Using more compact cameras was preferable in many cases. These were less likely to attract attention but many also had the advantage of viewing screens, and even viewfinders, that articulated in different ways. These gave the advantage that it was not necessarily obvious where the camera was being pointed. It was also possible to vary the viewpoint, from a high to a very low one, whilst still being able to frame the scene accurately. In Don's case he often took advantage of using his earlier Leica M8 and current M9 cameras which look much like the older style rangefinder ones. The M9 is a full-frame model. Fitted with high-quality lenses these gave excellent image quality, whilst still appearing quite discrete. The following picture collage illustrates this point.

© Don Morley

There were circumstances in which it was desirable to use longer focal length lenses in order to frame people close-up and with differential focus to eliminate distracting surroundings or backgrounds.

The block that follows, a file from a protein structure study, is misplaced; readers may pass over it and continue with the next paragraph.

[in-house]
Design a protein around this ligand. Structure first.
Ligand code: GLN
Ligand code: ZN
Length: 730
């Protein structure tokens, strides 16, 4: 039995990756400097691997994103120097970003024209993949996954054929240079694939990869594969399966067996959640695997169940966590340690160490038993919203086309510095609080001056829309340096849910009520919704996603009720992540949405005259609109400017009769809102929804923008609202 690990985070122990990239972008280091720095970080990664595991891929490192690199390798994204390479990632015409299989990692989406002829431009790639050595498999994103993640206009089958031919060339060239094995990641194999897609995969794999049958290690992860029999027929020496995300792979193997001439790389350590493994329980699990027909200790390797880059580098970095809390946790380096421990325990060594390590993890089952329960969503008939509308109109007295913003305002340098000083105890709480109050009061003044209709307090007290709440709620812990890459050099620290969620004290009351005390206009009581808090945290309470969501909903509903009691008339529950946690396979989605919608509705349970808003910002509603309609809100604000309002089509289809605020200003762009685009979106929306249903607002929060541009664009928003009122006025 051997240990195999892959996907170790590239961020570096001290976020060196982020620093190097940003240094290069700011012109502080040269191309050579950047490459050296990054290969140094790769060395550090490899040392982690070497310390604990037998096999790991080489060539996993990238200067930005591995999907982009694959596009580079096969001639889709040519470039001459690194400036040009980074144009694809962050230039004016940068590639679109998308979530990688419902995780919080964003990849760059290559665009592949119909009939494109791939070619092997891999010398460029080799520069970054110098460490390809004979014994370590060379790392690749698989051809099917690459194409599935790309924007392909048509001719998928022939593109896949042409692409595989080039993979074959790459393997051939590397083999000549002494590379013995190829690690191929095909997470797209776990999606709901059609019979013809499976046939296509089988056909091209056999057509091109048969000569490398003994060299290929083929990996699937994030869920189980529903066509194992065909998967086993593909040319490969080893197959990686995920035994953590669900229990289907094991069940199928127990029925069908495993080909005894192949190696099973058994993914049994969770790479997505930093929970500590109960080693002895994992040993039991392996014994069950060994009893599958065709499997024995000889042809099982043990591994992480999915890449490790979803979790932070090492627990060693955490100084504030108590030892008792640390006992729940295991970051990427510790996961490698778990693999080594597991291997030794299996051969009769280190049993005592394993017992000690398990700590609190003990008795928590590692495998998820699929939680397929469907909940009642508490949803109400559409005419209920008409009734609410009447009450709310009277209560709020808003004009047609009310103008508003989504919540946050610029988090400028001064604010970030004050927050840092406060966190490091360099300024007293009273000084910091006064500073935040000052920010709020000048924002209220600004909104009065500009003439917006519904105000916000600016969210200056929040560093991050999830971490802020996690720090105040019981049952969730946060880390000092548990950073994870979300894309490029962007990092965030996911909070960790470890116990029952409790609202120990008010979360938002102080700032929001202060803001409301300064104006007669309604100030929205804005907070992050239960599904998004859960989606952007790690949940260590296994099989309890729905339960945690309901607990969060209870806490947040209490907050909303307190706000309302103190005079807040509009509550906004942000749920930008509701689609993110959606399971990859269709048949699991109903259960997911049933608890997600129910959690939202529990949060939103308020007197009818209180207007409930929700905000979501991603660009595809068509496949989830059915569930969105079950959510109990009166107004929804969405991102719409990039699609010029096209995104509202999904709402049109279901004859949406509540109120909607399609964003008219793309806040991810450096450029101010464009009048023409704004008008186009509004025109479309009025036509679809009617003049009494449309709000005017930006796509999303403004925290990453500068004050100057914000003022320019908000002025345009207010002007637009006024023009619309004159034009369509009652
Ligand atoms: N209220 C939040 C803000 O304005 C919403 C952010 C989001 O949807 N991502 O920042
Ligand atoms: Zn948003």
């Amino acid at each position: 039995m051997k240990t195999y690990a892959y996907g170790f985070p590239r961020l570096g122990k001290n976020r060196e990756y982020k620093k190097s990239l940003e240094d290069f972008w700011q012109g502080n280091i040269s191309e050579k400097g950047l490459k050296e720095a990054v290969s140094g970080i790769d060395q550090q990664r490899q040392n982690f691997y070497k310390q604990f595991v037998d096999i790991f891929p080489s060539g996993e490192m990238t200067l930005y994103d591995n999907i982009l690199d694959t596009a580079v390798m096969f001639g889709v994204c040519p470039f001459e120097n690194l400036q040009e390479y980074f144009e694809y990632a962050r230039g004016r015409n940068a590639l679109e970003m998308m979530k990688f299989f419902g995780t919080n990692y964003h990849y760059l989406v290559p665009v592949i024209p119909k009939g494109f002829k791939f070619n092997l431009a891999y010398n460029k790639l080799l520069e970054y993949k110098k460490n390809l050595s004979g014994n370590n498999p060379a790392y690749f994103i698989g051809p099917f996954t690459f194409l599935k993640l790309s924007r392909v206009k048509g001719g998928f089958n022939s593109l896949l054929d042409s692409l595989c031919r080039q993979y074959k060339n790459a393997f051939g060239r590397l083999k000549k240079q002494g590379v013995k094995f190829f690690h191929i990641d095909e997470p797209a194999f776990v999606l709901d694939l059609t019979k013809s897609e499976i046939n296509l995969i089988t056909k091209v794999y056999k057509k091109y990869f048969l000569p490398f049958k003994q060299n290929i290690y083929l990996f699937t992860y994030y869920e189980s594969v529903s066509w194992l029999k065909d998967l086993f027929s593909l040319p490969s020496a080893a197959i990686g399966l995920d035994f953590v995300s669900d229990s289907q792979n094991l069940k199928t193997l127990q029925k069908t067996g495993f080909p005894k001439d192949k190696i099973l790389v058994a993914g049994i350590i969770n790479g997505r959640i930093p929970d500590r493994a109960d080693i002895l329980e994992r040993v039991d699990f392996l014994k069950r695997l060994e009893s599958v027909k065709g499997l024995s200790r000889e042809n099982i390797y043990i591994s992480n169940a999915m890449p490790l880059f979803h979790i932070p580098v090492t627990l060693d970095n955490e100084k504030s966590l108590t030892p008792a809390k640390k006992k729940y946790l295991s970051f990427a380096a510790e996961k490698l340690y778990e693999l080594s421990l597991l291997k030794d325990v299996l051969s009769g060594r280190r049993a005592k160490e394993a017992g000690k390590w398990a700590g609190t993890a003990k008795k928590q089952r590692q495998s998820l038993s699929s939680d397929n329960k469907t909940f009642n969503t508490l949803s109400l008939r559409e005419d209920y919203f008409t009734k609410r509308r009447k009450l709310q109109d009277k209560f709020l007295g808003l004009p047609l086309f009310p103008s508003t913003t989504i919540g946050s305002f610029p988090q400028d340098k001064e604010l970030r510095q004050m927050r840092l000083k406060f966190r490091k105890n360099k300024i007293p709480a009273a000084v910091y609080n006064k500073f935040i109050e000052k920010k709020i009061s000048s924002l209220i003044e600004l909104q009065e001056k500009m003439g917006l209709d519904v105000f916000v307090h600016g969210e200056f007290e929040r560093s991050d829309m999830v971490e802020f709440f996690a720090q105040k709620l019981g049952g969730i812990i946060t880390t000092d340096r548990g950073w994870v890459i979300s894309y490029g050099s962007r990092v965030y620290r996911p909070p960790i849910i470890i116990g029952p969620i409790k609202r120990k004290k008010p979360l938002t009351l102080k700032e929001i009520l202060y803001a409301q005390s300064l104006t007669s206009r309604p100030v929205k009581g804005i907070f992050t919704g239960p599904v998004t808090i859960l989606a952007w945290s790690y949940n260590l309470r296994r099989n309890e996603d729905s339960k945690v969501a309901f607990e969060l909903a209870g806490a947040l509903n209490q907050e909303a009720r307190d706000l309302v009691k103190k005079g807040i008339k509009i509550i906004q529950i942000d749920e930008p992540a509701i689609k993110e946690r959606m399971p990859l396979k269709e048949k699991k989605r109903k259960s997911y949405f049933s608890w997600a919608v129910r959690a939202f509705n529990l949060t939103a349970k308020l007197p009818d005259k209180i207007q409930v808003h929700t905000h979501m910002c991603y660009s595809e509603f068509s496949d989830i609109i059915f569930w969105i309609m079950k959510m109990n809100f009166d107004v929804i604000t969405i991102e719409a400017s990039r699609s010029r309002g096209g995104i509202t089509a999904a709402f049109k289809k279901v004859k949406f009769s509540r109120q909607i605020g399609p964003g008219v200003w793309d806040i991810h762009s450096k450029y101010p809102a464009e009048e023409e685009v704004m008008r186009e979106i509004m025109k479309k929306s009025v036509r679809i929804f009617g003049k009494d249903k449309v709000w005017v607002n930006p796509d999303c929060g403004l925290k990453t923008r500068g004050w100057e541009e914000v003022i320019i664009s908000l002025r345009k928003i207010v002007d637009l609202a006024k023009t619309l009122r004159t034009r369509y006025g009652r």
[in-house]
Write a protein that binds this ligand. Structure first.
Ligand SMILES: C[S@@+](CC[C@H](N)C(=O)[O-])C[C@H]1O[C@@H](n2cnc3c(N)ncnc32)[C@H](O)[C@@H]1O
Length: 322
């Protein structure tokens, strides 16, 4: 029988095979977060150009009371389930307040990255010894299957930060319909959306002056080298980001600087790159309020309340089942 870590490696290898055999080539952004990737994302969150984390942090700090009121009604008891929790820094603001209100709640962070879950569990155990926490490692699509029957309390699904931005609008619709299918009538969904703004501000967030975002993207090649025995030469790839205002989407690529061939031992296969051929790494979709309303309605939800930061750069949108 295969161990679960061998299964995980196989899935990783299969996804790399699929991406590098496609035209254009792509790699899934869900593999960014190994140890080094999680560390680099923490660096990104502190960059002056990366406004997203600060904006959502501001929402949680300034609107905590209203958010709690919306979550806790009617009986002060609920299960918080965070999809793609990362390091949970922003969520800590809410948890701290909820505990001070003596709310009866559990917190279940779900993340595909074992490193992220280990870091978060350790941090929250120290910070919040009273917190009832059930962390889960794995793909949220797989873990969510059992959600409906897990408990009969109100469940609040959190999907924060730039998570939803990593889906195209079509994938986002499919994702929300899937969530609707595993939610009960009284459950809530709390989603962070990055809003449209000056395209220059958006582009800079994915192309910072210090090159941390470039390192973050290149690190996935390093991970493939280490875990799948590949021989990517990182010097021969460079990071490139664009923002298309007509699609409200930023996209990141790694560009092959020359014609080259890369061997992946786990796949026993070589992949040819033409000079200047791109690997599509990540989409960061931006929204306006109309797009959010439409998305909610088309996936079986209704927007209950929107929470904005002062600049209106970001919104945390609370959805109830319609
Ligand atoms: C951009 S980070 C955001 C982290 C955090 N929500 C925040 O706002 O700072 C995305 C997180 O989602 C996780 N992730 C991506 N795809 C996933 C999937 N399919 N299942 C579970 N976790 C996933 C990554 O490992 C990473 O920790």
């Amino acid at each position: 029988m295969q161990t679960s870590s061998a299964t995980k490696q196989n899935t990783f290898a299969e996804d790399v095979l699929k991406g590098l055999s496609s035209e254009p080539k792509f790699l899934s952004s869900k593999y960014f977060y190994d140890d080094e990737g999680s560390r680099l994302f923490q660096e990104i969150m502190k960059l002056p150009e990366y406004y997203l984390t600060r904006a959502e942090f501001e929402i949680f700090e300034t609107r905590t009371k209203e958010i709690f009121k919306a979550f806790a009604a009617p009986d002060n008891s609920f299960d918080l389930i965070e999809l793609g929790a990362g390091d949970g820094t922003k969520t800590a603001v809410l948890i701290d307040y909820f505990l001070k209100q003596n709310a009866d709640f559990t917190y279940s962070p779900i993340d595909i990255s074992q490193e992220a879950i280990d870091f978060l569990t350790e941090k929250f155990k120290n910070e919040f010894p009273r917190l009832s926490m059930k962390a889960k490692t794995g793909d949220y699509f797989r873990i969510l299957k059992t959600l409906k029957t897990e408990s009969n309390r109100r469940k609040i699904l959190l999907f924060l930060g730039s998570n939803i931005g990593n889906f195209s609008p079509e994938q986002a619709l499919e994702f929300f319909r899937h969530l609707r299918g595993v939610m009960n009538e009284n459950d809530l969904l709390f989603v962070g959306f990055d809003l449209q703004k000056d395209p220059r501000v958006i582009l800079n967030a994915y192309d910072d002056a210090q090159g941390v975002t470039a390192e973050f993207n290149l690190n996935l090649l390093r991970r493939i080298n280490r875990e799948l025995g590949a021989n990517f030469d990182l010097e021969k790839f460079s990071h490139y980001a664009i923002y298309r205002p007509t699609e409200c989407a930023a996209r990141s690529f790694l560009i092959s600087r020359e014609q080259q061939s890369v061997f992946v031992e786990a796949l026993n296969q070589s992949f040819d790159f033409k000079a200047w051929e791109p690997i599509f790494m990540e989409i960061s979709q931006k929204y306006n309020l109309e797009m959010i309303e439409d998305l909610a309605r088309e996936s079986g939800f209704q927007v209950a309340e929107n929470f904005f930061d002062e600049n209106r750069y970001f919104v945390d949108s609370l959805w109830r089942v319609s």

© Don Morley

Although it was possible to take advantage of many of the automatic features on modern cameras Don advocated caution in placing too much reliance on these. It was important to understand exactly what these were doing. In many cases he preferred to use the manual controls in much the same way as he had done in the past when these were the only option available. It is not possible to cite all of these within the limitations of this article but just a few examples are given. The use of autofocus could give undesirable results if not used in the right mode. The classic case was in a landscape photograph where the point of focus might not give the desired depth of field. Don was very critical of unintended out-of-focus foregrounds. In most situations, if total sharpness front to back could not be achieved, it was less noticeable if the background was allowed to go slightly soft. It was regrettable that most autofocus lenses did not have the kind of markings as shown on the following example.